Archive for the 'Psychology & The Mind' Category

The Uncanny Predictions of Isaac Asimov



Isaac Asimov was a true futurist –


For example, he predicted this:


“Communications will become sight-sound and you will see as well as hear the person you telephone. The screen can be used not only to see the people you call but also for studying documents and photographs and reading passages from books. Synchronous satellites, hovering in space will make it possible for you to direct-dial any spot on earth…”


We Live in the Future Nobody Predicted

(Mysterious Universe blog)


“Flash back to the 1964 World’s Fair. One of the greatest science fiction writers of your generation, someone who is also a well-respected science writer with a Ph.D. in biochemistry from Columbia University, makes a series of relatively modest predictions about the year 2014. If there were, say, a Mysterious Universe radio show covering the fair, Isaac Asimov’s predictions would be among the top stories, and for good reason.


Now, with the benefit of hindsight, we look back on the article…and most of us agree that Isaac Asimov did incredibly well, because we’ve gotten so accustomed to off-the-wall predictions that Asimov’s stand out as reasonable…”


Read the rest here, at Mysterious Universe.


What do you think the world will be like in another fifty years? Please share your predictions below in the comments section. M.J. and The Museum of Mysteries would like to hear your ideas…


The Hum

Have you heard of the Hum? Or… have you actually HEARD the Hum?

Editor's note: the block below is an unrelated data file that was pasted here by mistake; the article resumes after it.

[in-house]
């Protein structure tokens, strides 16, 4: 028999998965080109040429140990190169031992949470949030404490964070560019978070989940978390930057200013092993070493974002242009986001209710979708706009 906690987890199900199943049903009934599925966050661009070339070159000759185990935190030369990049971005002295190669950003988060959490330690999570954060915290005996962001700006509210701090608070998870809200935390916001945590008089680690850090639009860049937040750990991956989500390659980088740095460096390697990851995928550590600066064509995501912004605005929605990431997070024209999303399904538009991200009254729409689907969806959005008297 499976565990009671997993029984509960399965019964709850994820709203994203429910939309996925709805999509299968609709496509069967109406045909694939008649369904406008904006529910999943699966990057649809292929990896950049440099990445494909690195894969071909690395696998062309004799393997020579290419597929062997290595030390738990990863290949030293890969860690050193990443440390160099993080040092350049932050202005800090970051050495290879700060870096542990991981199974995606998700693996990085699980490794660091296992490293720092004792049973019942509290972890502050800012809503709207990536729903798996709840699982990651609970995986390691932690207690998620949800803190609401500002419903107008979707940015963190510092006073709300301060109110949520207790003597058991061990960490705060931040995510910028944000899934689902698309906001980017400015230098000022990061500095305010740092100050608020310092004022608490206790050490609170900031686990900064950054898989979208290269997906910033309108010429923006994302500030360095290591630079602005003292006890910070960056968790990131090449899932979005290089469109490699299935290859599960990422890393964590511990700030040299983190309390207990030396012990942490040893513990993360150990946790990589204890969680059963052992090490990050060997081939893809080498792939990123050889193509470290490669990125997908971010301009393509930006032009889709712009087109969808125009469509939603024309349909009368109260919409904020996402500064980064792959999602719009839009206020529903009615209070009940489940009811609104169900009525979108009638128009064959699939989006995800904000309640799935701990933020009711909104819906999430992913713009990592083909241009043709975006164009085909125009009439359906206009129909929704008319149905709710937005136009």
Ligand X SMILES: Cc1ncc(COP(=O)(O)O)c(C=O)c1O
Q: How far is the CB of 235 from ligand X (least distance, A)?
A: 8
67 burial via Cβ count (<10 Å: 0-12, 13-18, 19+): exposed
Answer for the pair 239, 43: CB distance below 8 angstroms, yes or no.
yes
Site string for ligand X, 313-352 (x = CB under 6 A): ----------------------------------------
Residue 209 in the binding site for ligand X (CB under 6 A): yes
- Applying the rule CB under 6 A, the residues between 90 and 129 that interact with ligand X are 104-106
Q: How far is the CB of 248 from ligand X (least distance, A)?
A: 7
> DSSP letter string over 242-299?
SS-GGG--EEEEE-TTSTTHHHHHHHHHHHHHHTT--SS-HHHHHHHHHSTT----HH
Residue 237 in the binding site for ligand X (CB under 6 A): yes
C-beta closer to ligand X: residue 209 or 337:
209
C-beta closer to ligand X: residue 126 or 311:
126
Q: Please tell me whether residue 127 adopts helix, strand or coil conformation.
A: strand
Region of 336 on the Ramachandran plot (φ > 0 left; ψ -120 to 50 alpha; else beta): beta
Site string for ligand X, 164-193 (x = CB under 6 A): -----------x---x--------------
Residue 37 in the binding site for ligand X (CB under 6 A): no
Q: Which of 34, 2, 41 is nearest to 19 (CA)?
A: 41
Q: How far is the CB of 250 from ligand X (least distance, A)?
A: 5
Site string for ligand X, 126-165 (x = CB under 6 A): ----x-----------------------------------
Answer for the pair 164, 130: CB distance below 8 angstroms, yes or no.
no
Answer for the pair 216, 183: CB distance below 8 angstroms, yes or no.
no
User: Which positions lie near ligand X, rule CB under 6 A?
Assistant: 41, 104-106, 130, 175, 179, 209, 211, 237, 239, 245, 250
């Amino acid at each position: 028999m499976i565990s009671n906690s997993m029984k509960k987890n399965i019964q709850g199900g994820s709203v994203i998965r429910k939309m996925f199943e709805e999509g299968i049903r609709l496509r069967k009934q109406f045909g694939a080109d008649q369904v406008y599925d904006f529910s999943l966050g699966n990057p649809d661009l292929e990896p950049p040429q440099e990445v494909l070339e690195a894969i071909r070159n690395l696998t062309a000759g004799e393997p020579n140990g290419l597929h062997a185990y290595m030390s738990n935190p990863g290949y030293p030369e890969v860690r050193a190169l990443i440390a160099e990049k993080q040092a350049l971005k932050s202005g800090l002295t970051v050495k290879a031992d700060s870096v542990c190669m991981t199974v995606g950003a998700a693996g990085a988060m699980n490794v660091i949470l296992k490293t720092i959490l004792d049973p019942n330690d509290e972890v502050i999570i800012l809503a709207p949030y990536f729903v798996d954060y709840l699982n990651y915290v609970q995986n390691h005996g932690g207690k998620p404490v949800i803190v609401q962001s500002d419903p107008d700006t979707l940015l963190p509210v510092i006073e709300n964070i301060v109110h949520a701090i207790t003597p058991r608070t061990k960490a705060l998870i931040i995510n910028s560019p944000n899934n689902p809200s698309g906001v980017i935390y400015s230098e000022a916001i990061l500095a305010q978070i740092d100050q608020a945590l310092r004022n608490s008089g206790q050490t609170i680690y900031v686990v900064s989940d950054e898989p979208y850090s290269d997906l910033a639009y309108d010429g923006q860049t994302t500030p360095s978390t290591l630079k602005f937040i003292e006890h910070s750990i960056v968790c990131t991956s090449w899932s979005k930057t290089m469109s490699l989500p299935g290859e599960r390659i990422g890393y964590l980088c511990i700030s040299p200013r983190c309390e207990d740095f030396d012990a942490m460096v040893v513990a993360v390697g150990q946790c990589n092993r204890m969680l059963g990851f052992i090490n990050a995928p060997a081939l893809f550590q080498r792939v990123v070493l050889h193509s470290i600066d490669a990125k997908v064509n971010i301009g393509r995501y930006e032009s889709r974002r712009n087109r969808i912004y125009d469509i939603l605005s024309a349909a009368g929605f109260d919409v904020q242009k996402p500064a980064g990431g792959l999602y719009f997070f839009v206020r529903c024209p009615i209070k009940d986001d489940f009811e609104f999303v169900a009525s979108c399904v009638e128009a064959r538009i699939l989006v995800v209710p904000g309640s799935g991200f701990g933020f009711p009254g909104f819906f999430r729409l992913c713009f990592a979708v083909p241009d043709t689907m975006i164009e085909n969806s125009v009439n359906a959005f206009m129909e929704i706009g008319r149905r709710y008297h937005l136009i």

A Mysterious Sound Is Driving People Insane — And Nobody Knows What’s Causing It

by Jared Keller


Dr. Glen MacPherson doesn’t remember the first time he heard the sound. It may have started at the beginning of 2012, a dull, steady droning like that of a diesel engine idling down the street from his house in the Sunshine Coast of British Columbia. A lecturer at the University of British Columbia and high school teacher of physics, mathematics and biology, months passed before MacPherson realized that the noise, which he’d previously dismissed as some background nuisance like car traffic or an airplane passing overhead, was something abnormal.


“Once I realized that this wasn’t simply the ambient noise of living in my little corner of the world, I went through the typical stages and steps to try to isolate the sources,” MacPherson told Mic. “I assumed it may be an electrical problem, so I shut off the mains to the entire house. It got louder. I went driving around my neighborhood looking for the source, and I noticed it was louder at night.”


Exasperated, MacPherson turned his focus to scientific literature and pored over reports of the mysterious noise before coming across an article by University of Oklahoma geophysicist David Deming in the Journal of Scientific Exploration, a peer-reviewed academic journal devoted to exploring topics outside of mainstream science. “I almost dropped my laptop,” says MacPherson. “I was sure that I was hearing the Hum.”…


For the complete article click here.


Retrofuturistic Victorian Postcards

…The best little slide show we’ve seen in a while.


Here’s How People 100 Years Ago Thought We’d Be Living Today

By Greg Miller (Wired)


“In 100 years, there will be flying taxis and people will travel to the moon routinely. Knowledge will be instilled into students through wires attached to their heads. These may sound like the predictions of modern-day futurists, but they’re how people a century ago saw the future–otherwise known to you and me as the present.


These vintage European postcards illustrate a view of the 21st century that is remarkably prescient in some ways and hilariously wrong in others, says Ed Fries, who selected them from his private collection…”


Click here for the rest, and click the image below to see the pictures.



With the propeller churning and the spotlight on their destination, a group of travelers returns from the moon in the year 2012. Sure, we actually went to the moon in 1969, but this image suggests that lunar travel would become routine, Fries says. “Just another weekend trip.”
Courtesy of Ed Fries



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